|A garage door opener is a motorized device that opens and closes garage doors. Most are controlled by switches on the garage wall, as well as by remote controls carried in the garage owner's cars
The electric opener
The electric overhead garage door opener was invented by C.G. Johnson in 1926 in Hartford City, Indiana. Contrary to popular belief, the electric opener does not provide the actual lifting power to open and close a heavy garage door. Instead, most of the actual lifting power comes from the counterbalance springs that are under tension to lift the garage door via steel counterbalance cables. The electric opener only controls how far the door opens and closes, as well as the force the garage door exerts. In most cases, the garage door opener also acts as a lock.
The typical electric garage door opener consists of a power unit that contains the electric motor. The power unit attaches to a track. A trolley connected to an arm that attaches to the top of the garage door slides back and forth on the track, thus opening and closing the garage door. The trolley is guided along the track by a chain, belt, or screw that turns when the motor is operated. A quick-release mechanism is attached to the trolley to allow the garage door to be disconnected from the opener for manual operation during a power failure or in case of emergency. Limit switches on the power unit control the distance the garage door opens and closes once the motor receives a signal from the remote control or wall push button to operate the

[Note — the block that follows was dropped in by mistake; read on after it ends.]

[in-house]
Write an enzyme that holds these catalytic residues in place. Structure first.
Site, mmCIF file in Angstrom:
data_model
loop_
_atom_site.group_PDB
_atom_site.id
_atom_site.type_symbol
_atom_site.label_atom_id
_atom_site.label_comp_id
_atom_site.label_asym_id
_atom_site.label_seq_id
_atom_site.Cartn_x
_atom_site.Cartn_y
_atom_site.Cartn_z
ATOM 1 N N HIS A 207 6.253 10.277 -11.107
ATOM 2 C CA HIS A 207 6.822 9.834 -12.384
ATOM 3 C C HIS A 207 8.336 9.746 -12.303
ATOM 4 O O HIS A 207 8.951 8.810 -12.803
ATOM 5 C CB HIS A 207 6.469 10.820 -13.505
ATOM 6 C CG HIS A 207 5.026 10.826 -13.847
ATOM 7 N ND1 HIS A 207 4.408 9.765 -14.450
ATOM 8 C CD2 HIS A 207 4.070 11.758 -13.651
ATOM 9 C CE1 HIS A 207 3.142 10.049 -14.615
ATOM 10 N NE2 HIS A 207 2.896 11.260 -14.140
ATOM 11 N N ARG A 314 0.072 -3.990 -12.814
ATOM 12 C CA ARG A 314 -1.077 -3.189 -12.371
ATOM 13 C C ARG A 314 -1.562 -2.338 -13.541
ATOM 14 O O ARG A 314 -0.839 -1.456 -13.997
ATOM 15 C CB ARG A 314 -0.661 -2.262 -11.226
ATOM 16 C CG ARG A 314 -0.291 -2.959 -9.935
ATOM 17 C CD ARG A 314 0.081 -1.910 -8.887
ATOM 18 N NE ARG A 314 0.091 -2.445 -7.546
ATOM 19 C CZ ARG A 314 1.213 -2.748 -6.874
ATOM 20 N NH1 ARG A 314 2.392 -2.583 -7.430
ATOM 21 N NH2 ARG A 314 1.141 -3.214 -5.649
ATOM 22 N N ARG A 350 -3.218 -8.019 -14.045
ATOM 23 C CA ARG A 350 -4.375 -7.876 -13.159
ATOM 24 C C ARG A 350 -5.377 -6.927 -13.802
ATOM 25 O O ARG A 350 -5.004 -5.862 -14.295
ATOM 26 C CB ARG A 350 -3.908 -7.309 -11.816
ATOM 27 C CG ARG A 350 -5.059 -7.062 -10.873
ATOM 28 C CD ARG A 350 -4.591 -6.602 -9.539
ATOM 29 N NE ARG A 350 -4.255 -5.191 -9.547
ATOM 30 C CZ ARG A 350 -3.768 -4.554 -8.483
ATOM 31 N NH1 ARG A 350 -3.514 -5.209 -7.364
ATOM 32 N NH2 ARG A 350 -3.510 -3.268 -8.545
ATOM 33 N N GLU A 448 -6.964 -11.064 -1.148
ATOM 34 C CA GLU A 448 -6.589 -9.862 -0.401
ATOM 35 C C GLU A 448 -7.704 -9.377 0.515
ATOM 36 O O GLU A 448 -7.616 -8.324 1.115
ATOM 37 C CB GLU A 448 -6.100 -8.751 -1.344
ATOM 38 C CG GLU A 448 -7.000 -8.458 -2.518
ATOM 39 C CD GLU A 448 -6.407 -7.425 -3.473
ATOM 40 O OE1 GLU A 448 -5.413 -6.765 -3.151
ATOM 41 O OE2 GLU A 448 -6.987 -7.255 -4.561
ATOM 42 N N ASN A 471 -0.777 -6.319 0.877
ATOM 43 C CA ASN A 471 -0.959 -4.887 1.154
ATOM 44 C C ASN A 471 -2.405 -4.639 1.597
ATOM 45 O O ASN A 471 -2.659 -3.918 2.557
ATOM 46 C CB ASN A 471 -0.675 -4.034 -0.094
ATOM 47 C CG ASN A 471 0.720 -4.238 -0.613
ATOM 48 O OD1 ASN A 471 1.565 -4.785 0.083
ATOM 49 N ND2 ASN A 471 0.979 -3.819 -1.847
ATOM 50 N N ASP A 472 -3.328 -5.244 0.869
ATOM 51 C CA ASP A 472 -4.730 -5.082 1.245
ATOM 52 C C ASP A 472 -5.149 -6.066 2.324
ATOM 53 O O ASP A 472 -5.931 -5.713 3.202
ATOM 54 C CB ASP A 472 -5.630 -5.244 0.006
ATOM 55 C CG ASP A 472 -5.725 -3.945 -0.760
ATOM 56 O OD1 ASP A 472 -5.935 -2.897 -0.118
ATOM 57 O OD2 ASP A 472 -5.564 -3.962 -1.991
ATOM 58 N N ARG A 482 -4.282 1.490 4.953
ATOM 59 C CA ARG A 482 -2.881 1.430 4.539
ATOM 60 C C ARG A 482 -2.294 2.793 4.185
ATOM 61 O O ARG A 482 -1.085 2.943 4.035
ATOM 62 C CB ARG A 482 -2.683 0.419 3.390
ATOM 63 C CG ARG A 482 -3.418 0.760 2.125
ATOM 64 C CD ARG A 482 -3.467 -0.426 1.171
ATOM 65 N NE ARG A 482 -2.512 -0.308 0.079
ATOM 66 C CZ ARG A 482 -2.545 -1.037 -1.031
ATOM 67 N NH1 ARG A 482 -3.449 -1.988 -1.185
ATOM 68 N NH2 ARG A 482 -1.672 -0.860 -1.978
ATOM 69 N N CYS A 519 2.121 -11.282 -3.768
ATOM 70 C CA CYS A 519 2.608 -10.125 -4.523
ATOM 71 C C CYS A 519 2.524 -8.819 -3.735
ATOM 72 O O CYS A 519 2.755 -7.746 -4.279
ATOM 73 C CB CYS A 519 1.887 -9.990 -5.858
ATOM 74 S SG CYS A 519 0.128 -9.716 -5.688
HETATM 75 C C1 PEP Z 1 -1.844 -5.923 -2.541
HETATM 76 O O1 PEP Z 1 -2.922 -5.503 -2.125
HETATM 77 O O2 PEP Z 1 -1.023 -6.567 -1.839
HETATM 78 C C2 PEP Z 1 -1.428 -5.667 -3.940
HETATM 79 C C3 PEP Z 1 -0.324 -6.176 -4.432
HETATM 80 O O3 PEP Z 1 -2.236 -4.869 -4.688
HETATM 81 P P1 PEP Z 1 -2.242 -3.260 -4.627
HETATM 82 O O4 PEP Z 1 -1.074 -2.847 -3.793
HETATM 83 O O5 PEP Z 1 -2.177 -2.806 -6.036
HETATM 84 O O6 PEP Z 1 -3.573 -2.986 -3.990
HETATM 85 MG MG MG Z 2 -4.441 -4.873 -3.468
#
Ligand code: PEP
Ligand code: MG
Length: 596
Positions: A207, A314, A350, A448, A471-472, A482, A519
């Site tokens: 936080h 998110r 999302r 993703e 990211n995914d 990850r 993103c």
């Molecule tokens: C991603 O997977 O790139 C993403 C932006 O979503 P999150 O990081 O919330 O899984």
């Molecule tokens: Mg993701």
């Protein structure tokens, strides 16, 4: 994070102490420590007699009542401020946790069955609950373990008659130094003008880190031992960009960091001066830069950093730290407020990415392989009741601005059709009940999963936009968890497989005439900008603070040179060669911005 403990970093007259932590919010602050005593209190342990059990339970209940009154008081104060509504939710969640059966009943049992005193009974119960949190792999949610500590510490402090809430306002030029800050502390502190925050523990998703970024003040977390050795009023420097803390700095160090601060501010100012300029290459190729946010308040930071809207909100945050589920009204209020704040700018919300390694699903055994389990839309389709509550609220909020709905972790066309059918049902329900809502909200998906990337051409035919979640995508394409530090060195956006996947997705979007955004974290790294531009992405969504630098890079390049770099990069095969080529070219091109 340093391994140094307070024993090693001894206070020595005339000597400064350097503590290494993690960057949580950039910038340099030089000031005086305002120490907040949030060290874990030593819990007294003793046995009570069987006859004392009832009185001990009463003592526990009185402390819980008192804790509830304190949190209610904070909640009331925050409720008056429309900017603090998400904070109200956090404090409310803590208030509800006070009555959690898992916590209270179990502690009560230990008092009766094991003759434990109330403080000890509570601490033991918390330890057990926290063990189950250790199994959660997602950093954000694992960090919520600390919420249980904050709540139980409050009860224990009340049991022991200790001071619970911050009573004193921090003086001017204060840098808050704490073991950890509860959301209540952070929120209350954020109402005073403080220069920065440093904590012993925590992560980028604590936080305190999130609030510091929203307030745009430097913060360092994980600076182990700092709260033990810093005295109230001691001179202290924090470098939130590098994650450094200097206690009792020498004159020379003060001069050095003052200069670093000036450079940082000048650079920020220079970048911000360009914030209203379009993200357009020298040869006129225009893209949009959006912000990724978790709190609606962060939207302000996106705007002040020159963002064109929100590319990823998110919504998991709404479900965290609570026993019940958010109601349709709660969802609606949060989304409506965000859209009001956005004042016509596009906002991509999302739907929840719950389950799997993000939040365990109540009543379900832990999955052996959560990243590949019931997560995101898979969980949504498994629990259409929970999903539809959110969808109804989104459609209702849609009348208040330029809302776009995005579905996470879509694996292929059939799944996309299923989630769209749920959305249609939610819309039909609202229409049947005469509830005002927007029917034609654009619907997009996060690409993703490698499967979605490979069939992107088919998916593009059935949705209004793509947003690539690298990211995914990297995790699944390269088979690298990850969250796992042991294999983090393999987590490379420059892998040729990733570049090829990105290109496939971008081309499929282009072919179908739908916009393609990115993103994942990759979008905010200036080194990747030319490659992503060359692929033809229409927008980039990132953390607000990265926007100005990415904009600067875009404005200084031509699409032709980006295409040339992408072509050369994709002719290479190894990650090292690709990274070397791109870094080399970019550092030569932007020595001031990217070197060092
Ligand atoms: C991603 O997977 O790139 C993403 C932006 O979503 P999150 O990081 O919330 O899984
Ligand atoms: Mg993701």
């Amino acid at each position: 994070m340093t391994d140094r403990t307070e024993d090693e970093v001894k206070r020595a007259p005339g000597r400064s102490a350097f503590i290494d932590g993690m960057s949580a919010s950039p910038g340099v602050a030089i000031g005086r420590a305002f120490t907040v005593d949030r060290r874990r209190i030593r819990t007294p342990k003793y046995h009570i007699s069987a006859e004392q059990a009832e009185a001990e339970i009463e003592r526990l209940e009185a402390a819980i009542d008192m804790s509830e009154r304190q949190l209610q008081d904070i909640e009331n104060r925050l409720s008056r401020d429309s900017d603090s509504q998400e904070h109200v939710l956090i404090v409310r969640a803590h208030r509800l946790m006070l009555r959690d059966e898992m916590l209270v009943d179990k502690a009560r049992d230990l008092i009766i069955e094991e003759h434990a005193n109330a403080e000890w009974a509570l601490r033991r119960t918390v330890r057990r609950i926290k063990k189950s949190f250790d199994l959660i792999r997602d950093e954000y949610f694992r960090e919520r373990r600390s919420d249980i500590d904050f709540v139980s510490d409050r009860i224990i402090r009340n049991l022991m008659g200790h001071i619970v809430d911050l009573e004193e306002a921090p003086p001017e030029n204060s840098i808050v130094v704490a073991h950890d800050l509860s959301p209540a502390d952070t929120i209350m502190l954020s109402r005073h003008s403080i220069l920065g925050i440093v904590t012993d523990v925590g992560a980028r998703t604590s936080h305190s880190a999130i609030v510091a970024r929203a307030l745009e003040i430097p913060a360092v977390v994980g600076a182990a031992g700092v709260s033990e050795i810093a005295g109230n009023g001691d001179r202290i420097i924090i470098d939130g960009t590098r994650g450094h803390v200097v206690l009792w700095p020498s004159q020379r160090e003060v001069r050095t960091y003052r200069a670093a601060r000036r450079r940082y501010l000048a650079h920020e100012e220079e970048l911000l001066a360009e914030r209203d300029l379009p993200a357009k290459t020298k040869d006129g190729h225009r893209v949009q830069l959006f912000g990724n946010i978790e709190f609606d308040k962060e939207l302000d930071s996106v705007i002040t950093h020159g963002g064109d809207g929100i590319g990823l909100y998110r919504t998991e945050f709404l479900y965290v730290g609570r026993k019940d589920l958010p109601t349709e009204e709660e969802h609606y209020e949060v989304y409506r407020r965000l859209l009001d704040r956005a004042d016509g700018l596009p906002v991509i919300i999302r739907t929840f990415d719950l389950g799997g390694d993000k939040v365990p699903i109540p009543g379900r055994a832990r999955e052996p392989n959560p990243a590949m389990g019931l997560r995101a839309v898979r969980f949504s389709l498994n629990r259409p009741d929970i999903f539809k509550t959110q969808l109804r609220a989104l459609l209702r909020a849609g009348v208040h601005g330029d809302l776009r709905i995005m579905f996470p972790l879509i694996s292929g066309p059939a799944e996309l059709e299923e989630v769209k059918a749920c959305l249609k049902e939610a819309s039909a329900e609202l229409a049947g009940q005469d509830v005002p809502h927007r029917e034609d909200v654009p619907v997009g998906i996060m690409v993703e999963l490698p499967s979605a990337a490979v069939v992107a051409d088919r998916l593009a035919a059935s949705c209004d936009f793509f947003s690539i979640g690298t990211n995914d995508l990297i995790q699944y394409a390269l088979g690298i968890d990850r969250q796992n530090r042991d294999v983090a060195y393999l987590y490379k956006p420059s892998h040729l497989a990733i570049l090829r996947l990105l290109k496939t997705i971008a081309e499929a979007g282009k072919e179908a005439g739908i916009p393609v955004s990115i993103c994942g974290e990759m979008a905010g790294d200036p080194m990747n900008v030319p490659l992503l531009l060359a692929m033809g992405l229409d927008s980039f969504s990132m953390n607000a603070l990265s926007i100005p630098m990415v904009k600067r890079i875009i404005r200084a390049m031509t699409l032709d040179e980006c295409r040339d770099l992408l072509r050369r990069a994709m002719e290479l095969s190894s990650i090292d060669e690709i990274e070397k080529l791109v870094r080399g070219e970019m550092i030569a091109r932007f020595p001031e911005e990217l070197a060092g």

The entire assembly hangs above the garage door. The power unit hangs from the ceiling and is located towards the rear of the garage. The end of the track on the opposite end of the power unit attaches to a header bracket that is attached to the header wall above the garage door. The power head is usually supported by punched angle iron.
The first garage door opener remote controls were simple and consisted of a simple transmitter (the remote) and receiver which controlled the opener mechanism. The transmitter would transmit on a designated frequency; the receiver would listen for the radio signal, then open or close the garage, depending on the door position. The basic concept of this can be traced back to World War II. This type of system was used to detonate remote bombs. While novel at the time, the technology ran its course when garage door openers became widely available and used. Then, not only did a person open their garage door, they opened their neighbor’s garage door as well. While the garage door remote is low in power and in range, it was powerful enough to interfere with other receivers in the area.